Professor: Christopher Watts could be a psychopath

GREELEY, Colo. -- Photos and videos from Shanann Watts' Facebook page paint a picture of a happy marriage.

Christopher and Shanann appear to be in love. Christopher also appears to be a doting father who adores his two little girls.

However, there appears to be a much darker side to Christopher Watts, who has admitted he killed his pregnant wife.

Kim Gorgens, a clinical professor in the graduate school of professional psychology at the University of Denver, has conducted extensive research on criminal behavior, and she believes Christopher Watts could be a psychopath.

"It's not a personality characteristic that you can pick out of a lineup. It's not like someone wears a sign that says you can't trust. In fact, it's the opposite of that," said Gorgens.

"You can't tell for sure, but I will be less than surprised to see the picture of a true psychopath emerge. Someone who is really winsome, charming and psychopathic. It's not unusual for them to evade detection," said Gorgens.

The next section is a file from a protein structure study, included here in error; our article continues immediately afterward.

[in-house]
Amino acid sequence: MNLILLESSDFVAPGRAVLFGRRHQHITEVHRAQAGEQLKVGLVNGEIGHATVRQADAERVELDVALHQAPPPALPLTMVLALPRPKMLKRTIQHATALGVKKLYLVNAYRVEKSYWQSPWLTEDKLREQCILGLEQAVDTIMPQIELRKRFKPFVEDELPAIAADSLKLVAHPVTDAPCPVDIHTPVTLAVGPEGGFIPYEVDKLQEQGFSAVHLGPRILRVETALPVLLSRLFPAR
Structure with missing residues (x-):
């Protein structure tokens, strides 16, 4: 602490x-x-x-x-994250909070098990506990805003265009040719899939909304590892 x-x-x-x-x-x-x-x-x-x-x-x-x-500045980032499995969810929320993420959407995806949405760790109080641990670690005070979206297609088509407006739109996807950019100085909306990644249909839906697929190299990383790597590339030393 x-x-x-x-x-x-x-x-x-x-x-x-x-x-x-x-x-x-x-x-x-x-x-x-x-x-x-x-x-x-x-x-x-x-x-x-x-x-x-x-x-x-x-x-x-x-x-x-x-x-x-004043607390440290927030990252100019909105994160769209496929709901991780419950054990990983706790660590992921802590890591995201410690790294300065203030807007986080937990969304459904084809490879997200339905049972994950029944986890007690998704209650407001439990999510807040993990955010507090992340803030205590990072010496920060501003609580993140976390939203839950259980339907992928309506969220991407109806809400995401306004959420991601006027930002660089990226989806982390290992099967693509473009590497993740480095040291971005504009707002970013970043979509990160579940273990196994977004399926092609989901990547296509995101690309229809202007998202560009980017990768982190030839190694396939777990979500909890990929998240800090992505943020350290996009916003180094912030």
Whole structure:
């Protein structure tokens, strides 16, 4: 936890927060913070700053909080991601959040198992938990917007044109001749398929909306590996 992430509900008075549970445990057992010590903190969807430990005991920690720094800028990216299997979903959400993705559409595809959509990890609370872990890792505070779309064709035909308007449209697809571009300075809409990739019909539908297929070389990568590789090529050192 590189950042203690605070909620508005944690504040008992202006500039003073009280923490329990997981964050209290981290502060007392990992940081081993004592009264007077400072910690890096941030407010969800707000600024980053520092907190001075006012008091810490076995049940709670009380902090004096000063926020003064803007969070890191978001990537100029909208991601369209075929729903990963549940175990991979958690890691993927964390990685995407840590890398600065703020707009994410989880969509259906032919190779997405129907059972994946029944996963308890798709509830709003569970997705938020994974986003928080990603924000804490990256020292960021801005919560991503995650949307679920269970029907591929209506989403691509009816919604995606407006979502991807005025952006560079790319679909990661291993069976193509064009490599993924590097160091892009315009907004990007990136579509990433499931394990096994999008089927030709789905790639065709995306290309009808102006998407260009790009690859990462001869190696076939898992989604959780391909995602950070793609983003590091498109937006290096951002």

Gorgens says 5 percent to 7 percent of all people exhibit psychopathic behavior. Many, but not all, end up in prison.

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"Often times they'll never offend in an illegal capacity and they'll rise to fame in politics, or as a CEO of a business," she said.

Gorgens said murders committed by psychopaths are typically well thought out and deliberate, often committed by someone who wouldn't be suspected.

"Persons who have a psychopathic personality are granted intimate access to people because they're really good at building those relationships and mimicking emotions," Gorgens said.

Watts claims he killed his wife only after he saw her strangling one of their daughters.

It's reactionary behavior not consistent with a psychopath. However, only time will tell whether his story is what really happened.

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